California resident Julie Waltz’ long fight for free speech for opponents of state subsidized housing policies came to a victorious conclusion today, when the California Department of Fair Employment and Housing agreed to implement the “Julie Waltz First Amendment Policy.” The new policy prohibits the Department from investigating citizens for housing discrimination solely on the basis of free speech activity, including speaking at public meetings, writing and displaying flyers, signs, or newspaper articles critical of public housing projects, even if they appear to advocate discriminatory policies or positions.
CIR sues housing discrimination officials
On April 1, 2008, the Center for Individual Rights filed suit in the U.S. District Court for the Central District of California against several officials of the California Department of Fair Employment and Housing (DFEH) on behalf of California resident Julie Waltz.
The suit alleges that state officials used a housing discrimination investigation to stifle criticism of its policies relating to the placement of sex offenders in residential neighborhoods. It seeks to enjoin the use of such investigations for this purpose as well as monetary damages from one of the officials involved.
In 2006, DFEH officials began investigating Waltz solely because Waltz’s had exercised her rights of free speech under the First Amendment. Waltz had posted yard signs and expressed opposition in other peaceful ways to government’s efforts to place sex offenders and other individuals with a history of behavioral problems in residential group homes, including homes in Phelan, CA, and one next door to her home in Norco, CA (the “Broken Arrow Home”).
Despite the fact that officials knew that Waltz had done nothing more than exercise her First Amendment rights, they kept the investigation open for nearly a year, well beyond the time needed for any reasonable investigation.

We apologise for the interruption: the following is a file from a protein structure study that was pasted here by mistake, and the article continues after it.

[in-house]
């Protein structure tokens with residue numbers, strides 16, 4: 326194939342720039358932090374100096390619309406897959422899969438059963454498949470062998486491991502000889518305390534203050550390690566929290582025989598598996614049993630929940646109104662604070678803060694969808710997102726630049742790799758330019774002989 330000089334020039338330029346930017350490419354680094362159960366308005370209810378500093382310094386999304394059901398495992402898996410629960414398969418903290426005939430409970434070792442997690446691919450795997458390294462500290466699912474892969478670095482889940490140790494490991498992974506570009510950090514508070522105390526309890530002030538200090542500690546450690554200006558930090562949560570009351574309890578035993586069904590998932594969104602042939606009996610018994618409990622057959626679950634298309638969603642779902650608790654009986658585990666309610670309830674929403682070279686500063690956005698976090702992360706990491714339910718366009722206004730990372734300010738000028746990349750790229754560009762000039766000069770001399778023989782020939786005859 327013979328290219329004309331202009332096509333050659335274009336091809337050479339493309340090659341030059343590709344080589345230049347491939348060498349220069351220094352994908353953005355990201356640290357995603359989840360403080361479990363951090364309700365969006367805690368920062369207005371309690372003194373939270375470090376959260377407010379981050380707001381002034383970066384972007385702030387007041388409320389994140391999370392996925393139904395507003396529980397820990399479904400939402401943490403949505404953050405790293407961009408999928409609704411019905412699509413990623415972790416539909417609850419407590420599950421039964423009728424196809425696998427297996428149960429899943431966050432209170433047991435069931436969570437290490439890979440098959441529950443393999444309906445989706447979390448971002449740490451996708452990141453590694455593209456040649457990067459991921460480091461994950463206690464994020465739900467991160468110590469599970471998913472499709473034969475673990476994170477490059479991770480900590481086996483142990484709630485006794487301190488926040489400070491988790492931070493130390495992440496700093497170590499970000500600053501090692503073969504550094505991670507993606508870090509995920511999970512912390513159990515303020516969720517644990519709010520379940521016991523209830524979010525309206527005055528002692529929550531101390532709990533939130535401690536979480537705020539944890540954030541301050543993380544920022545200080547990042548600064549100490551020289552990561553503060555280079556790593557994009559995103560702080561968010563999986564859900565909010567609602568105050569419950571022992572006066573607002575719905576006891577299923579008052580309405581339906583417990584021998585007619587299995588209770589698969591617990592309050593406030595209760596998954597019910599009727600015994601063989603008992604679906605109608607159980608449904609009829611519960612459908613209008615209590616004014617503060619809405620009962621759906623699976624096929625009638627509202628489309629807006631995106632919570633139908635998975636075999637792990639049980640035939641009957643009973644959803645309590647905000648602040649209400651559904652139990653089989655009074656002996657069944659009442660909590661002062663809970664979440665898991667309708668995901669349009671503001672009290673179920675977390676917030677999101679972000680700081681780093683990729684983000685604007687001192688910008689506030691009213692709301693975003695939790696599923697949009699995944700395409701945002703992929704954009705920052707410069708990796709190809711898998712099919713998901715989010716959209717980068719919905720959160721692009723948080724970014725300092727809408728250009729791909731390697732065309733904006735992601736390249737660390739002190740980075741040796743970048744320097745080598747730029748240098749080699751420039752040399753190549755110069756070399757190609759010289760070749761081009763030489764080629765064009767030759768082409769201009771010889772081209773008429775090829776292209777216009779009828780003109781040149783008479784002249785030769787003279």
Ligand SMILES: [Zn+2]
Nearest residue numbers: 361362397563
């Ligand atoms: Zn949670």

Threats and Coercion
During the year-long state investigation, officials told Waltz that her speech violated state fair housing laws, requested that she refrain from her speech activities, threatened her with prosecution, and used the media to characterize her as a discriminator and a violator of the California Fair Housing and Employment Act.
As a result, the movement opposing group homes such as the Broken Arrow Home, of which Waltz was an active member, lost adherents and was unable to gain new supporters. Other individuals were unwilling to risk being the subject of DFEH investigation and prosecution solely for opposing government policies.
CIR’s record of challenging the abusive use of discrimination investigations
CIR has successfully represented California residents in other cases involving the misuse of housing discrimination laws to silence criticism of government housing policy. In two earlier cases, Affordable Housing v. Fresno (2006) and White v. Lee (2000) the Court of Appeals for the Ninth Circuit made it unequivocally clear that citizens may not be investigated or sued for housing discrimination solely because of their public speech concerning government housing policies. In both cases, the court found individual officials liable in their personal capacities for violating the clear constitutional rights of CIR’s clients.
CIR is representing Waltz pro bono together with the Los Angeles firm of Munger, Tolles & Olson LLP.